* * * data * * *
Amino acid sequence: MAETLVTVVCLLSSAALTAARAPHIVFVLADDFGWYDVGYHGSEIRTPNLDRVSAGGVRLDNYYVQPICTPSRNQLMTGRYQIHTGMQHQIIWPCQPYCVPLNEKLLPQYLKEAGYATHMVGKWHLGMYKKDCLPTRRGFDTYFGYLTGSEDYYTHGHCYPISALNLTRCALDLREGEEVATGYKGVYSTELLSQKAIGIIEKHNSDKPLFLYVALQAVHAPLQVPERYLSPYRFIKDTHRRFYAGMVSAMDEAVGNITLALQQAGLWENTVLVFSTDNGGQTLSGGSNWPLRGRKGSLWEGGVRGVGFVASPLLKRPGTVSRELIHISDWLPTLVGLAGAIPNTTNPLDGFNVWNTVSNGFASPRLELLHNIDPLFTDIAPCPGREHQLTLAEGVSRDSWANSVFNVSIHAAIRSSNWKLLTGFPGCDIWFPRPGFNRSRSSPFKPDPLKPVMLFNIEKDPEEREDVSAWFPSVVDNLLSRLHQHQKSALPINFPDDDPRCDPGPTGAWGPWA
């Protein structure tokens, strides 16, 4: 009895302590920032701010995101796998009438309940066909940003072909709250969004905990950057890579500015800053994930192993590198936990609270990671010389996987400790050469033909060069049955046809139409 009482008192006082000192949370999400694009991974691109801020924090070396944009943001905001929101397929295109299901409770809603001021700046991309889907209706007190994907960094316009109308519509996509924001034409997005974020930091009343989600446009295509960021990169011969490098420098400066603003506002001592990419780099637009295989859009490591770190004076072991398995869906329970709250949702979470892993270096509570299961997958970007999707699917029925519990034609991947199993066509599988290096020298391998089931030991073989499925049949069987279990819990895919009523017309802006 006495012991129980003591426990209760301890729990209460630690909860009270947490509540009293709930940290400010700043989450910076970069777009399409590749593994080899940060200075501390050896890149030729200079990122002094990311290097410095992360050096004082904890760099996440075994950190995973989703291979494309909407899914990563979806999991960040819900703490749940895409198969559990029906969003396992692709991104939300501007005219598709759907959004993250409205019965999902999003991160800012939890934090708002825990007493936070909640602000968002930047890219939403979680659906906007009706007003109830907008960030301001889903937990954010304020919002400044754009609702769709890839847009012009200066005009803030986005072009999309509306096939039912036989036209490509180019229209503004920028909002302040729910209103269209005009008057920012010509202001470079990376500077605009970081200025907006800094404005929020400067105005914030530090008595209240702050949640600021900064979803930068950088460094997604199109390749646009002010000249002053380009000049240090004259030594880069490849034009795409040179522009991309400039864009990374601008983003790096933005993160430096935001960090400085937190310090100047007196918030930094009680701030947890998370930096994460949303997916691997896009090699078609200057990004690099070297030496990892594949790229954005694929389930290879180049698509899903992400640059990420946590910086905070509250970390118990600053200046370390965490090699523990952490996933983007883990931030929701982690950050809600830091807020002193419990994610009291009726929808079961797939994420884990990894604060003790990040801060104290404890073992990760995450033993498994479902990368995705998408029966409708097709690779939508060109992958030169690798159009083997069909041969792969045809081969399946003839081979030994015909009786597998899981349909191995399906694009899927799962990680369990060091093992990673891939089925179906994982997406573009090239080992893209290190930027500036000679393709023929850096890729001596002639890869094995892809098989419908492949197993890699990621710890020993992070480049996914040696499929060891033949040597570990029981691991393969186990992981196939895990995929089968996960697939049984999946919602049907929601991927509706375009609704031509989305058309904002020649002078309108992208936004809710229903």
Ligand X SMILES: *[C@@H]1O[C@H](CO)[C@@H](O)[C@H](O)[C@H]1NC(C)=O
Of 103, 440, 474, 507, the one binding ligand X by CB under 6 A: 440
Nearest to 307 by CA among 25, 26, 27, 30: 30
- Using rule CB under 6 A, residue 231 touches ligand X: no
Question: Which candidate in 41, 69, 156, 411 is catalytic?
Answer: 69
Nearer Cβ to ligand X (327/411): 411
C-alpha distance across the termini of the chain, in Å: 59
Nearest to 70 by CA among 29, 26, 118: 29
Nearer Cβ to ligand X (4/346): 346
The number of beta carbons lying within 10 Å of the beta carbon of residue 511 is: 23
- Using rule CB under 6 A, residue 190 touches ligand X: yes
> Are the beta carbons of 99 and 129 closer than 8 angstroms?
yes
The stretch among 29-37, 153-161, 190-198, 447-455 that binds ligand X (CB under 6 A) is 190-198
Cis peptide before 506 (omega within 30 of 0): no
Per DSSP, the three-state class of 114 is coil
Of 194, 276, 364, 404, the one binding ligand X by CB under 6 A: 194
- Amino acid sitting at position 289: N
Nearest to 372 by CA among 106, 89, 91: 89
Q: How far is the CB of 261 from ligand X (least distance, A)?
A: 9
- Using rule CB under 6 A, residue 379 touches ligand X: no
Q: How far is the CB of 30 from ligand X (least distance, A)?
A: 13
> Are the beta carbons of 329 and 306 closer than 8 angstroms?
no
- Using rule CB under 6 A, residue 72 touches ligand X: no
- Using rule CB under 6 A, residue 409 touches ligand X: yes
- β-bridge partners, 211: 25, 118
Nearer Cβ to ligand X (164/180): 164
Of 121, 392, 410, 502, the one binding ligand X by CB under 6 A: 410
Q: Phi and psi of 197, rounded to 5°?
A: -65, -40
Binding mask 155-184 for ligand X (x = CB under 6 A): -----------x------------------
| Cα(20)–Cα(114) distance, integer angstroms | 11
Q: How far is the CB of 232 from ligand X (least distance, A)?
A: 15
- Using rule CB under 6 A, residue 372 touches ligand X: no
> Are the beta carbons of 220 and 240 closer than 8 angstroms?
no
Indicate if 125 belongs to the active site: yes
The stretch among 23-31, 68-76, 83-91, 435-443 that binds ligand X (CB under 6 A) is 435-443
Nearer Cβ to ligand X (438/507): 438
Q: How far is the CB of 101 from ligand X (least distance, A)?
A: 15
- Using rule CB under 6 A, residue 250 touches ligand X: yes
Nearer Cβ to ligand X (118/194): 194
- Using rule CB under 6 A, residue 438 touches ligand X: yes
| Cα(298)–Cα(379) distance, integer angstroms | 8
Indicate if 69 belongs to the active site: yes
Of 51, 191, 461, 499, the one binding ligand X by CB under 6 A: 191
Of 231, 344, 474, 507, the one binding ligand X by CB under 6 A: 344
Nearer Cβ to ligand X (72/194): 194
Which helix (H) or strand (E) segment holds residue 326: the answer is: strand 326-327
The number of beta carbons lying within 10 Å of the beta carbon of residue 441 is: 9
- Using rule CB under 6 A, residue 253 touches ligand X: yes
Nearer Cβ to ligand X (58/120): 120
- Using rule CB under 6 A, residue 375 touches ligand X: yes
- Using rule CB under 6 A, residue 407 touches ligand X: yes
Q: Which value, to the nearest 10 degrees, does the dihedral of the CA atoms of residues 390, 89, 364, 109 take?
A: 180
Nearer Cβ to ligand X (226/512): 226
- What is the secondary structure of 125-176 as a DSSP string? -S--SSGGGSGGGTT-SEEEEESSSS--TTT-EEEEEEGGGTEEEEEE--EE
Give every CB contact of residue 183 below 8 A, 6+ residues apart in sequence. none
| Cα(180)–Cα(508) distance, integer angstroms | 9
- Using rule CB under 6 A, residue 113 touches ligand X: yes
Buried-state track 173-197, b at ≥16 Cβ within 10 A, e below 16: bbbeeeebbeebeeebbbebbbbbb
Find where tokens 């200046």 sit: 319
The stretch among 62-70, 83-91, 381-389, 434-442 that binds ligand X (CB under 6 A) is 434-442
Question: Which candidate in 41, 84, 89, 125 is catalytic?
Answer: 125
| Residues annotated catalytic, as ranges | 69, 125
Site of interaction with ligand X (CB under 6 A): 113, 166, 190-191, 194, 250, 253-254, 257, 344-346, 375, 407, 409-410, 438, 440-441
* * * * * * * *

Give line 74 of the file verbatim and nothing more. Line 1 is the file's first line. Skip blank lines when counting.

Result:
Answer: 125